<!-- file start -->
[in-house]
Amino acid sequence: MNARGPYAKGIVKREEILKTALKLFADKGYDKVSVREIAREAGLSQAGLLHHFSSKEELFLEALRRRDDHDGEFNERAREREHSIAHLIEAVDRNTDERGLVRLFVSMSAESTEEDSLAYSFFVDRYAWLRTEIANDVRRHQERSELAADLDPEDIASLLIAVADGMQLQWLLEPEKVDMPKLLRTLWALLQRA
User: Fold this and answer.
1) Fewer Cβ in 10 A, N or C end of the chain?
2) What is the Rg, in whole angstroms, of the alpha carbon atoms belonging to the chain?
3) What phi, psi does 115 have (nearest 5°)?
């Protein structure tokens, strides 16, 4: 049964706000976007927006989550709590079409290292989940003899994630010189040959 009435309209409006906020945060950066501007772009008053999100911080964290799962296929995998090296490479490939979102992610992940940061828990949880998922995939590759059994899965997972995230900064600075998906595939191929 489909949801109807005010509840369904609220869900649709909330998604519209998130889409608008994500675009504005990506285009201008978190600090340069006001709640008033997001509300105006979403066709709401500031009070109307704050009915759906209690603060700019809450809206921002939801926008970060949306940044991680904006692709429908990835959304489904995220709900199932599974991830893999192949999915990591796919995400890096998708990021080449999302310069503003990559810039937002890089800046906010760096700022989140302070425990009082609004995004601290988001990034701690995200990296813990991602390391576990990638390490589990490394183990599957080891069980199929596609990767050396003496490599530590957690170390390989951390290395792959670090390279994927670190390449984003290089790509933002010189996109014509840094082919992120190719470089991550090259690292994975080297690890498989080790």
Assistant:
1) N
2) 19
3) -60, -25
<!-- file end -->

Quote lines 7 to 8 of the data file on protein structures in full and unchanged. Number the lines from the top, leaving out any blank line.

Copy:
């Protein structure tokens, strides 16, 4: 049964706000976007927006989550709590079409290292989940003899994630010189040959 009435309209409006906020945060950066501007772009008053999100911080964290799962296929995998090296490479490939979102992610992940940061828990949880998922995939590759059994899965997972995230900064600075998906595939191929 489909949801109807005010509840369904609220869900649709909330998604519209998130889409608008994500675009504005990506285009201008978190600090340069006001709640008033997001509300105006979403066709709401500031009070109307704050009915759906209690603060700019809450809206921002939801926008970060949306940044991680904006692709429908990835959304489904995220709900199932599974991830893999192949999915990591796919995400890096998708990021080449999302310069503003990559810039937002890089800046906010760096700022989140302070425990009082609004995004601290988001990034701690995200990296813990991602390391576990990638390490589990490394183990599957080891069980199929596609990767050396003496490599530590957690170390390989951390290395792959670090390279994927670190390449984003290089790509933002010189996109014509840094082919992120190719470089991550090259690292994975080297690890498989080790």
Assistant: